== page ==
Building Reliable Applications with the Java Message Service
by Kevin Jones
Java Message Service (JMS) is the Java Enterprise API that's used to send and receive messages. This course teaches you the basics of using JMS covering point-to-point messages, queues, transactions, and message driven beans.
What you'll learn
At the heart of developing an enterprise application is messaging, and if you're using Java that means the Java Message Service (JMS). JMS is an API that provides a common interface to messaging systems, such as IBMs WebSphere MQ and Apache MQ. In this course, Building Reliable Applications with the Java Message Service, you'll learn how to write messaging applications with JMS. First, you'll explore both point-to-point and topic based messaging with JMS. Next, you'll dive into JMS transactions, and how you can use these to provide reliable messaging. Finally, you'll discover message persistence and priority, and how and where these can be used. When you're finished with this course, you'll have a solid understanding of what JMS is and how it can be used in practice.
About the author
A long time ago in a university far, far away Kevin fell in love with programming. Initially on the university's DEC20 computer doing BASIC and Pascal and a little bit of Fortran. His first job had him writing batch PL/1 on an IBM mainframe where he also discovered the arcane delights of JCL. He soon realized the multiuser systems were not for him after discovering the delights of dBase IV on IBM PCs. From here it was all downhill as he became addicted to C and the Windows API. Just missing out ... moreon coding for Windows 1, he did code for the other 16 bit versions of Windows, 2 and 3, including the various network-ready versions. He still remembers the awkwardness of having to carry an IBM Token Ring MAU with him wherever he went.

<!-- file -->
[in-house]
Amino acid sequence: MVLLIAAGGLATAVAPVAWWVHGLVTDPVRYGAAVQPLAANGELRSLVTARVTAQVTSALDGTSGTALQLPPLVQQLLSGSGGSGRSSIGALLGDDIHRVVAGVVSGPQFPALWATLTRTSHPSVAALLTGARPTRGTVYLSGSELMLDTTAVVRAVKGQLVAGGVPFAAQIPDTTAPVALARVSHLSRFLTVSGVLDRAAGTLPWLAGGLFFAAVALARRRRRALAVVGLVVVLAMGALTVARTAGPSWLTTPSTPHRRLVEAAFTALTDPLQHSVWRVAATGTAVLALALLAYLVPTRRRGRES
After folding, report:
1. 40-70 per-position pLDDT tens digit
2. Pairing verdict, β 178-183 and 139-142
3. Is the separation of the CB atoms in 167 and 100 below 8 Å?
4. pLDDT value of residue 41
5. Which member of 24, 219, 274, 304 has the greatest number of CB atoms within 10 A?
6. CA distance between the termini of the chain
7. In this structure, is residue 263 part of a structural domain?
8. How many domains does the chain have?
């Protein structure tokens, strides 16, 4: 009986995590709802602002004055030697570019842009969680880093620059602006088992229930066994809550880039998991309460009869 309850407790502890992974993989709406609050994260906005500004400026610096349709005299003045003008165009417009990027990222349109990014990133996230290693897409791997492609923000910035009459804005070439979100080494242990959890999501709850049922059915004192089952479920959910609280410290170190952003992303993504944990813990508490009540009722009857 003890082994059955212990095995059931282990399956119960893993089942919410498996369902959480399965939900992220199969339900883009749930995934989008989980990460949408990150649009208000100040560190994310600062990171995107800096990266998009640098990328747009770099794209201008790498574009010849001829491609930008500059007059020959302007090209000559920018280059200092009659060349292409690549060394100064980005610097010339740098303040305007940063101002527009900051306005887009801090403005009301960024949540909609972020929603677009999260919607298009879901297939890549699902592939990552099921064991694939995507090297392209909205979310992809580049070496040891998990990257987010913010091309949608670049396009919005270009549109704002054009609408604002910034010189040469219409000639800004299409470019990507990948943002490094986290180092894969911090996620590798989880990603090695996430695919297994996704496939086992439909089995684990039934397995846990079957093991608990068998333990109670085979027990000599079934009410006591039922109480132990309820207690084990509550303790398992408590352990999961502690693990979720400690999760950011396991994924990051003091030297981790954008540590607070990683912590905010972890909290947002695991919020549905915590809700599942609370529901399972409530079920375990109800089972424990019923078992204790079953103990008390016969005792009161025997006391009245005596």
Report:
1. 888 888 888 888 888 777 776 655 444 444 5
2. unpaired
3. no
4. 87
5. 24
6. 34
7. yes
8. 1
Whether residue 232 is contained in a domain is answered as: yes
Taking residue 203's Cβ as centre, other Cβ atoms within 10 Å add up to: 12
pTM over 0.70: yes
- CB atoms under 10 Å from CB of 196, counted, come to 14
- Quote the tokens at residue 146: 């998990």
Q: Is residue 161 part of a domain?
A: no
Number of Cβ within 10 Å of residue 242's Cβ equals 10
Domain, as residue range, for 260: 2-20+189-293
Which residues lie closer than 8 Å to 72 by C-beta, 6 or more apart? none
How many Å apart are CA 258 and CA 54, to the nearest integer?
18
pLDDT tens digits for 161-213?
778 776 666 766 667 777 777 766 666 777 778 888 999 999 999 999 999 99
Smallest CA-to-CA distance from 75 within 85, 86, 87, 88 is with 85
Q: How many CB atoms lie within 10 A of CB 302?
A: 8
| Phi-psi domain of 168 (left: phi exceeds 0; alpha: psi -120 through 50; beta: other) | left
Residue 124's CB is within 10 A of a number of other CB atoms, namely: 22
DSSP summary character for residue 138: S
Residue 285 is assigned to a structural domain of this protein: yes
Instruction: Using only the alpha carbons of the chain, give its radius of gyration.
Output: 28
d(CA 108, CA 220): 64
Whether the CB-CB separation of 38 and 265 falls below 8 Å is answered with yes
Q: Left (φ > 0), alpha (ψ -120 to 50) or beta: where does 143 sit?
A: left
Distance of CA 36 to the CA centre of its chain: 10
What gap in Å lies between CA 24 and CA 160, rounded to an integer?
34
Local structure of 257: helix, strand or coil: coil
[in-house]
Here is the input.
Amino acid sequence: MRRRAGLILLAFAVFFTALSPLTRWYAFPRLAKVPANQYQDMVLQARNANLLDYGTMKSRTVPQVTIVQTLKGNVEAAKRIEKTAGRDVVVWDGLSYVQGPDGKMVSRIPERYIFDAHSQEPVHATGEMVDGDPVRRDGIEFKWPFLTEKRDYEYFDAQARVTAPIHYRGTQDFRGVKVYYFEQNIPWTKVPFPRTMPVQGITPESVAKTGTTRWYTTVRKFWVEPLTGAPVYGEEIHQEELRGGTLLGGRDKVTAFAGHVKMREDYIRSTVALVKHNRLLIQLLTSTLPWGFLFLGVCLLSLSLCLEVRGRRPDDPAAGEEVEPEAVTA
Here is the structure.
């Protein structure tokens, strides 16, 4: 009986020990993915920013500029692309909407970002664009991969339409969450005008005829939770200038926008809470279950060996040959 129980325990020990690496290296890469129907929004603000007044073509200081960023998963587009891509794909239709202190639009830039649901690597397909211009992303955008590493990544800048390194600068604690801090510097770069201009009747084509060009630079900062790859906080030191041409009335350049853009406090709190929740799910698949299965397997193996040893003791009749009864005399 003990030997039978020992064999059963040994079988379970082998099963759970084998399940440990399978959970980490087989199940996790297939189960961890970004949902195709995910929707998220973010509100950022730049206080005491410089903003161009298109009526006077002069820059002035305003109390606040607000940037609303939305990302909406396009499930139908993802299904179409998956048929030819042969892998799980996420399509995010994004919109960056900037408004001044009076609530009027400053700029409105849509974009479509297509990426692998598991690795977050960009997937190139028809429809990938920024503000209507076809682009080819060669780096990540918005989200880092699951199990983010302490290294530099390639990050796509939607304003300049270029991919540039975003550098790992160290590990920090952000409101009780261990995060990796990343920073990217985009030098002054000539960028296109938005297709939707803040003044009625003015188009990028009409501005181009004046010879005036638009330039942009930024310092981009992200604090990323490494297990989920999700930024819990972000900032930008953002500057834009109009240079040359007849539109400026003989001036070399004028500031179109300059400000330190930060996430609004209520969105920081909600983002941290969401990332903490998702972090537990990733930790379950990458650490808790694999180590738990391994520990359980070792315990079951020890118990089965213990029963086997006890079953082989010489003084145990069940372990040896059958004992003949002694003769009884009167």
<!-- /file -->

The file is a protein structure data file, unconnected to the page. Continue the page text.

After trying to pretend that Windows and C were really object oriented he decided that it would be better to learn C++. It was around this point that he realized that as well as writing code for a living he could be paid for telling people how to write code for a living. He taught Windows, MFC and C++ for a UK training company before his spirit was broken on the back of the OLE support in MFC when he finally stepped away from the nightmare of unmanaged code to the nirvana of the managed runtime called Java.
It was at this time that he spoke at several JavaOne conferences usually on the subject of Servlets, JavaServer Pages and tag libraries. After buying the Sun employees copious amounts of Apple Martini Kevin was invited onto the expert groups for the Servlet and JSP specifications.
Oh, how he laughed when .Net appeared and the same arguments raged about non-deterministic destruction and garbage collection that were now so old hat in the Java world. He finally got his hands dirty in C# and .Net about eight years ago, again working in the web tier and hating every minute of the using the monstrosity that was and is ASP.Net Web Forms. It wasn't until MVC appeared that he finally felt he had come home to Microsoft.
He still retains his passion for developing and teaching; spending about a quarter of the year doing the latter and most of the time doing the former.
When not stuck in front of a computer you can find him: with his nose in a book, a good one preferably, but almost any book would do; watching a film; walking; running; or annoying his wife by watching sports on television.